His Excellency the Honourable Paul de Jersey AC, Governor of Qld, presented 10 Nth Qld residents with honours and awards under the Australian Honours system at a ceremony at The Ville in Townsville. Steven Morris, awarded the bravery medal with wife Sharon.
His Excellency the Honourable Paul de Jersey AC, Governor of Qld, presented 10 Nth Qld residents with honours and awards under the Australian Honours system at a ceremony at The Ville in Townsville. Steven Morris, awarded the bravery medal with wife Sharon.

Hero in thongs honoured for fire bravery

HE'S the "Aussie tradie" who ran into a burning Townsville home with only thongs on his feet and he's just received another prestigious accolade.

Steven Morris was among 10 North Queensland residents who were recognised by Governor of Queensland Paul de Jersey yesterday for feats of bravery and community service at a special ceremony at The Ville.

The father-of-two, who was joined by wife Sharon and his parents to ­accept the award, said hero status was difficult for him to accept.

"The recognition is lovely but I'm not usually comfortable with it but I do appreciate it," he said.

"I don't consider myself a hero, it's just the Australian way … and I would like to think if my boys were in a house on fire that someone would at least try and do something even if it wasn't successful."

On the morning of August 24 last year, Mr Morris ran into a burning multi-storey home at The Point, on Castle Hill, to rescue a disabled man trapped upstairs.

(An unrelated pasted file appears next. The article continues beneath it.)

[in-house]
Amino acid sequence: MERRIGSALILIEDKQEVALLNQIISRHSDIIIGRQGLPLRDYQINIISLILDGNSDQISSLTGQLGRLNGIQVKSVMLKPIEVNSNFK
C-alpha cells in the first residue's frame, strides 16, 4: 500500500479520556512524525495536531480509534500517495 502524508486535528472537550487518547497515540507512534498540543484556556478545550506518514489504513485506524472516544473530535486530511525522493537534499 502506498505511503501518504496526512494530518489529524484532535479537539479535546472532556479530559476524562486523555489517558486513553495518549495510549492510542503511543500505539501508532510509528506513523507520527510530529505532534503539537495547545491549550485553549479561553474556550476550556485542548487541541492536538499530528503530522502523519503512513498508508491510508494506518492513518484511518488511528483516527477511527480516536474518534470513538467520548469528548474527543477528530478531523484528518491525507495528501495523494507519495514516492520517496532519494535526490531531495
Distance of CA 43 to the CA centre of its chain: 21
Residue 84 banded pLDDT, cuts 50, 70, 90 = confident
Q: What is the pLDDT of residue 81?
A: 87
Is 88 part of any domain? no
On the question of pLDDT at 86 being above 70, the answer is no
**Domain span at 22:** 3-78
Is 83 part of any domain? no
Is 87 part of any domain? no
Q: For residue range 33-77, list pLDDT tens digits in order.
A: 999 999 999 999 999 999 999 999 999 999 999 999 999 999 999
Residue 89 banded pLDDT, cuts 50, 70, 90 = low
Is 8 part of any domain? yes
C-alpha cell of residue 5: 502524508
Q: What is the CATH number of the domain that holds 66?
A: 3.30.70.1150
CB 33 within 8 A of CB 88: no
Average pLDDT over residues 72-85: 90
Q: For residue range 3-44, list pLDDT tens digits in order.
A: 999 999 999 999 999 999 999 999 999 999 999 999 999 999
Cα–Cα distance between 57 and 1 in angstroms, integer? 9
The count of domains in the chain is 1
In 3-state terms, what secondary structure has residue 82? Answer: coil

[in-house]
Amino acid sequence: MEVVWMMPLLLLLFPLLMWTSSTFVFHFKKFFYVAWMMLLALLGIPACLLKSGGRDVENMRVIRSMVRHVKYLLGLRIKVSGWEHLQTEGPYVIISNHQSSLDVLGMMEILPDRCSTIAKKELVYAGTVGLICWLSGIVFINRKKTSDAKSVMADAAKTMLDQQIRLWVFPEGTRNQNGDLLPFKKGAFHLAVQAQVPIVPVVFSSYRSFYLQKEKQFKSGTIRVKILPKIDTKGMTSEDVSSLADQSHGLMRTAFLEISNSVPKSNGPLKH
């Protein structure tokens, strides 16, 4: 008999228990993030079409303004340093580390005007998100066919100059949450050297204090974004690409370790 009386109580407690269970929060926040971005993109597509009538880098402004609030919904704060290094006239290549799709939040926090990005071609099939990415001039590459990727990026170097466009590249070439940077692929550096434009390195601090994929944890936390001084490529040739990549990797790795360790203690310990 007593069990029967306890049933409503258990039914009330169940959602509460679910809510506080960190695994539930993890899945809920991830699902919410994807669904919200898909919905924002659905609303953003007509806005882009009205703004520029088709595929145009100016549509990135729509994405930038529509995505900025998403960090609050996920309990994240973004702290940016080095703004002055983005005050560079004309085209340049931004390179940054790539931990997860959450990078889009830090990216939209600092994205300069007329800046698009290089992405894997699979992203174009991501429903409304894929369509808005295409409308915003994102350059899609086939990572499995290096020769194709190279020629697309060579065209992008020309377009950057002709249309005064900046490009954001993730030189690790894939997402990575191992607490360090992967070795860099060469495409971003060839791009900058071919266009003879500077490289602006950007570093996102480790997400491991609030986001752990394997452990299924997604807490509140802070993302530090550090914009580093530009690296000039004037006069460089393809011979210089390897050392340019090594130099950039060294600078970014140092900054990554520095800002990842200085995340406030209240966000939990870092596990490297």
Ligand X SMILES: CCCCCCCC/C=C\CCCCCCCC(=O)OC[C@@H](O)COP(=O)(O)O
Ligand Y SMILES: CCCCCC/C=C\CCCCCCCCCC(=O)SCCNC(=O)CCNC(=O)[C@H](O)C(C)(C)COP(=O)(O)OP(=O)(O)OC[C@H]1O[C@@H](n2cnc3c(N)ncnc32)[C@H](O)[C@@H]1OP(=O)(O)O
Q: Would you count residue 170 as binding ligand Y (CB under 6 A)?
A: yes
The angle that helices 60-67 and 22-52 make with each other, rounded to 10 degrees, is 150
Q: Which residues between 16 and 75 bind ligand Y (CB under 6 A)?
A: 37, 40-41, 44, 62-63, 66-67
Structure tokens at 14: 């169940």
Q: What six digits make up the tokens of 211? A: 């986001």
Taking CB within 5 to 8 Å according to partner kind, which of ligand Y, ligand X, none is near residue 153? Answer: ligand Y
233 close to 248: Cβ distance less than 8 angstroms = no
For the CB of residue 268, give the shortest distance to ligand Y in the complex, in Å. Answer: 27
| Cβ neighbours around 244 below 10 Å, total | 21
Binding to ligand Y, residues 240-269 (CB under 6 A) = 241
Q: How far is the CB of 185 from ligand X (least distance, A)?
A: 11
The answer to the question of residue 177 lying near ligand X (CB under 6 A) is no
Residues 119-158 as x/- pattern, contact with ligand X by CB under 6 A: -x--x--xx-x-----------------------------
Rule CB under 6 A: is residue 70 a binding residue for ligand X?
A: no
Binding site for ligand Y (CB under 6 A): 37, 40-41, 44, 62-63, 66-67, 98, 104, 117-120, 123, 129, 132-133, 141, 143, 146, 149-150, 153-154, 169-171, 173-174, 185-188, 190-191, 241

"People say what were you thinking, and I don't think I was thinking, I was just acting on impulse," Mr Morris said. "After it had all finished the reality of what could've happened hit me and when I got home and saw my family because one of my sons cried and said I could've died."

In July, Mr Morris was also recognised with a Bronze Medal at the Royal Humane Society of Australasia's annual bravery awards.

Mrs Morris said she was not at all surprised by her husband's actions and she was grateful to still have him after the ordeal.

"I'm very proud and was just speechless when it happened," she said. "He really could have died. He was so sick for a week afterwards from the fumes and the toxins.

"I didn't realise how dangerous it was to go into a house fire."

Mr de Jersey said Mr Morris and the other recipients epitomised the spirit and the very best of humanity.

"The never-say-die win by the North Queensland Cowboys shows … exceptional achievements are not confined to the southeast," Mr de Jersey said.

"The diversity and richness of Townsville, North Queensland and far north Queensland life is exemplified through the achievements and service recognised in these awards."

News Corp Australia


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